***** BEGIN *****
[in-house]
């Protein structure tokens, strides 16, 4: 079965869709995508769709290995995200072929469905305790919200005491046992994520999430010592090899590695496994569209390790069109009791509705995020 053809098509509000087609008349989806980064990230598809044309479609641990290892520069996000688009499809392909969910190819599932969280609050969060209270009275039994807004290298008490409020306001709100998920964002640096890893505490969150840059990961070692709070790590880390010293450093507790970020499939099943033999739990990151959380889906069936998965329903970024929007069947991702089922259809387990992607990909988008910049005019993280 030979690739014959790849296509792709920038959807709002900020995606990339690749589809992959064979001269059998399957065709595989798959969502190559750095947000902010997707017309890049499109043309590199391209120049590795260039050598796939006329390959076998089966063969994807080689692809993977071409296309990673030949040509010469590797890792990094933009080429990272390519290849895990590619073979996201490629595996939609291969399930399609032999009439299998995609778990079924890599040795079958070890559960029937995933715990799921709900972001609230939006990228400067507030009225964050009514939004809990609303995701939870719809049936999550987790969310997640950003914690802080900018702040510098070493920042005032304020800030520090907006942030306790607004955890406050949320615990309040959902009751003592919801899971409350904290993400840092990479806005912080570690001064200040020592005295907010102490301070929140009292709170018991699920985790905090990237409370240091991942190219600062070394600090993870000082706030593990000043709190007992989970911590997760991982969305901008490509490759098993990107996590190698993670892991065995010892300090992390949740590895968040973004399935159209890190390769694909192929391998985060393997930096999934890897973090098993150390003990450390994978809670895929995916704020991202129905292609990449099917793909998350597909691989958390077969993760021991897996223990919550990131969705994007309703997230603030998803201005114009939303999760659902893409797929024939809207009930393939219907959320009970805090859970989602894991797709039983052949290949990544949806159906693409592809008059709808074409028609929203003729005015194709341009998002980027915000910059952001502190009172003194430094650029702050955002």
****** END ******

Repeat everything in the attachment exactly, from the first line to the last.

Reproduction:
[in-house]
């Protein structure tokens, strides 16, 4: 079965869709995508769709290995995200072929469905305790919200005491046992994520999430010592090899590695496994569209390790069109009791509705995020 053809098509509000087609008349989806980064990230598809044309479609641990290892520069996000688009499809392909969910190819599932969280609050969060209270009275039994807004290298008490409020306001709100998920964002640096890893505490969150840059990961070692709070790590880390010293450093507790970020499939099943033999739990990151959380889906069936998965329903970024929007069947991702089922259809387990992607990909988008910049005019993280 030979690739014959790849296509792709920038959807709002900020995606990339690749589809992959064979001269059998399957065709595989798959969502190559750095947000902010997707017309890049499109043309590199391209120049590795260039050598796939006329390959076998089966063969994807080689692809993977071409296309990673030949040509010469590797890792990094933009080429990272390519290849895990590619073979996201490629595996939609291969399930399609032999009439299998995609778990079924890599040795079958070890559960029937995933715990799921709900972001609230939006990228400067507030009225964050009514939004809990609303995701939870719809049936999550987790969310997640950003914690802080900018702040510098070493920042005032304020800030520090907006942030306790607004955890406050949320615990309040959902009751003592919801899971409350904290993400840092990479806005912080570690001064200040020592005295907010102490301070929140009292709170018991699920985790905090990237409370240091991942190219600062070394600090993870000082706030593990000043709190007992989970911590997760991982969305901008490509490759098993990107996590190698993670892991065995010892300090992390949740590895968040973004399935159209890190390769694909192929391998985060393997930096999934890897973090098993150390003990450390994978809670895929995916704020991202129905292609990449099917793909998350597909691989958390077969993760021991897996223990919550990131969705994007309703997230603030998803201005114009939303999760659902893409797929024939809207009930393939219907959320009970805090859970989602894991797709039983052949290949990544949806159906693409592809008059709808074409028609929203003729005015194709341009998002980027915000910059952001502190009172003194430094650029702050955002």